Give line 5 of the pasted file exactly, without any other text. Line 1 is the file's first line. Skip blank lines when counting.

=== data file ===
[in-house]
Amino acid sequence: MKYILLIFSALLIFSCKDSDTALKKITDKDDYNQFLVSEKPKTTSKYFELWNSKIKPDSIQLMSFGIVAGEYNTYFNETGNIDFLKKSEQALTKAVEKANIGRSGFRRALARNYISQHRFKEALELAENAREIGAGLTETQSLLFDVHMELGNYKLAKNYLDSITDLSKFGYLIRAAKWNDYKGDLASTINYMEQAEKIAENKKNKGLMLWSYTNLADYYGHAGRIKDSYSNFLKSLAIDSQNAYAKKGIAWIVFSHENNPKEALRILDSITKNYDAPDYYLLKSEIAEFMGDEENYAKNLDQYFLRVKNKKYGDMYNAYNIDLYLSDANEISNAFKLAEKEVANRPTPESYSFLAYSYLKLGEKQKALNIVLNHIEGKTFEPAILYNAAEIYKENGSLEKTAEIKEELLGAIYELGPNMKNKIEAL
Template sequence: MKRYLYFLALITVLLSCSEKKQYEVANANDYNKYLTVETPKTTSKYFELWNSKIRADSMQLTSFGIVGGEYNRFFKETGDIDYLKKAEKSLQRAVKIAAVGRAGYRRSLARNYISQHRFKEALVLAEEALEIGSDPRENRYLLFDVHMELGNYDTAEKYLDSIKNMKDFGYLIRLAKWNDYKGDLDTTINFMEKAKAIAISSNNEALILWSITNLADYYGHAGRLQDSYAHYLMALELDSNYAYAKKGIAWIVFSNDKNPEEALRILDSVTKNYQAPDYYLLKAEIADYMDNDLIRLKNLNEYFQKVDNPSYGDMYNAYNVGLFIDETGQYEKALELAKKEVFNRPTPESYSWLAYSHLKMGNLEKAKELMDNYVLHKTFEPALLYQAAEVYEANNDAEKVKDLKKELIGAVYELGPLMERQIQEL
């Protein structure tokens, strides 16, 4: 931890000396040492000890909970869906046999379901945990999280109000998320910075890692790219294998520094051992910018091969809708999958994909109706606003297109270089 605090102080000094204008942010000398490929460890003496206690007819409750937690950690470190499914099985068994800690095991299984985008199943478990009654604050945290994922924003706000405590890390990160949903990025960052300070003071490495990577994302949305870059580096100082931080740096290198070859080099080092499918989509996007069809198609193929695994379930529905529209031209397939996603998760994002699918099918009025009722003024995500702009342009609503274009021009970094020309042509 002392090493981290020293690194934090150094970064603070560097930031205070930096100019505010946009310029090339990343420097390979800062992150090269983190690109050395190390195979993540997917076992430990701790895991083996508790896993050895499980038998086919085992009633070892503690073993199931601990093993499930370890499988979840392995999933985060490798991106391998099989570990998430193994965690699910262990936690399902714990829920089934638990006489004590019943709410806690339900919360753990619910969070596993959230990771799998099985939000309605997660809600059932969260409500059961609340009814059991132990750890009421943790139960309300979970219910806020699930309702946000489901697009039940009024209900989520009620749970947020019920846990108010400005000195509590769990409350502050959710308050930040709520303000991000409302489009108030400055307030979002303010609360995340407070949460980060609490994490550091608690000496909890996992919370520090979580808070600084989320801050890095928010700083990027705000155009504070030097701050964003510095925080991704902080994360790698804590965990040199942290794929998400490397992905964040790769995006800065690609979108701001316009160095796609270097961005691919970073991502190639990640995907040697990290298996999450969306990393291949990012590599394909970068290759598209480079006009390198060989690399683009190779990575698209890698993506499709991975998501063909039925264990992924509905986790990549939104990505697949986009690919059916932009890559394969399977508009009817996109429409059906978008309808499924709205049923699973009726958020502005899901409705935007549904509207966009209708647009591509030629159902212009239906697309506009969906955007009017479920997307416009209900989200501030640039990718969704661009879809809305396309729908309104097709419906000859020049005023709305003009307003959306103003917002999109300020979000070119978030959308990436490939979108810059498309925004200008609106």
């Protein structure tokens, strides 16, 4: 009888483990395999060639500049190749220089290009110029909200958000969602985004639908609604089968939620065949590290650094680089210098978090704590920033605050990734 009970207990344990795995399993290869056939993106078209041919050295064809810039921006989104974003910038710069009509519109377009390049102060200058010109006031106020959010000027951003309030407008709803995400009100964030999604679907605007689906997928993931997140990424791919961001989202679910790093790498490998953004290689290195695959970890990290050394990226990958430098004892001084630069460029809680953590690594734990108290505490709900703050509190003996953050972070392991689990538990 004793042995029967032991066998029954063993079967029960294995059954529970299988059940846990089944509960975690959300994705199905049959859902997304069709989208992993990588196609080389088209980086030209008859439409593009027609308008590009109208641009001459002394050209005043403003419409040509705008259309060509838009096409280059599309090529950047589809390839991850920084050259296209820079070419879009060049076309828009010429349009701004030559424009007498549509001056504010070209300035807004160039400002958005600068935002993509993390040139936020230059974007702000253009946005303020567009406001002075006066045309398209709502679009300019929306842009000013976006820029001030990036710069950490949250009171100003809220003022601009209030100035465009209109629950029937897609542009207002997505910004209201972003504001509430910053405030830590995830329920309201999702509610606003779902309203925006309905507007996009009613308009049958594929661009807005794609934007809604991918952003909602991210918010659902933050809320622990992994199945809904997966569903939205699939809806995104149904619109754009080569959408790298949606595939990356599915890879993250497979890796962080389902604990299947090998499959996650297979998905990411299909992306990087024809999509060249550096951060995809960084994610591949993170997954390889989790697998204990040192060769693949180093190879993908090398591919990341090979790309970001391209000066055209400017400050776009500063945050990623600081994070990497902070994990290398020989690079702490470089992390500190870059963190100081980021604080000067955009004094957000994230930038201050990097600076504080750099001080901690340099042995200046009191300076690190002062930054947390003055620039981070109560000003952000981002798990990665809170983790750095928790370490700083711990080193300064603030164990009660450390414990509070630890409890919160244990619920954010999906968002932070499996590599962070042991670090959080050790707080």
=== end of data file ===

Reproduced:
């Protein structure tokens, strides 16, 4: 009888483990395999060639500049190749220089290009110029909200958000969602985004639908609604089968939620065949590290650094680089210098978090704590920033605050990734 009970207990344990795995399993290869056939993106078209041919050295064809810039921006989104974003910038710069009509519109377009390049102060200058010109006031106020959010000027951003309030407008709803995400009100964030999604679907605007689906997928993931997140990424791919961001989202679910790093790498490998953004290689290195695959970890990290050394990226990958430098004892001084630069460029809680953590690594734990108290505490709900703050509190003996953050972070392991689990538990 004793042995029967032991066998029954063993079967029960294995059954529970299988059940846990089944509960975690959300994705199905049959859902997304069709989208992993990588196609080389088209980086030209008859439409593009027609308008590009109208641009001459002394050209005043403003419409040509705008259309060509838009096409280059599309090529950047589809390839991850920084050259296209820079070419879009060049076309828009010429349009701004030559424009007498549509001056504010070209300035807004160039400002958005600068935002993509993390040139936020230059974007702000253009946005303020567009406001002075006066045309398209709502679009300019929306842009000013976006820029001030990036710069950490949250009171100003809220003022601009209030100035465009209109629950029937897609542009207002997505910004209201972003504001509430910053405030830590995830329920309201999702509610606003779902309203925006309905507007996009009613308009049958594929661009807005794609934007809604991918952003909602991210918010659902933050809320622990992994199945809904997966569903939205699939809806995104149904619109754009080569959408790298949606595939990356599915890879993250497979890796962080389902604990299947090998499959996650297979998905990411299909992306990087024809999509060249550096951060995809960084994610591949993170997954390889989790697998204990040192060769693949180093190879993908090398591919990341090979790309970001391209000066055209400017400050776009500063945050990623600081994070990497902070994990290398020989690079702490470089992390500190870059963190100081980021604080000067955009004094957000994230930038201050990097600076504080750099001080901690340099042995200046009191300076690190002062930054947390003055620039981070109560000003952000981002798990990665809170983790750095928790370490700083711990080193300064603030164990009660450390414990509070630890409890919160244990619920954010999906968002932070499996590599962070042991670090959080050790707080």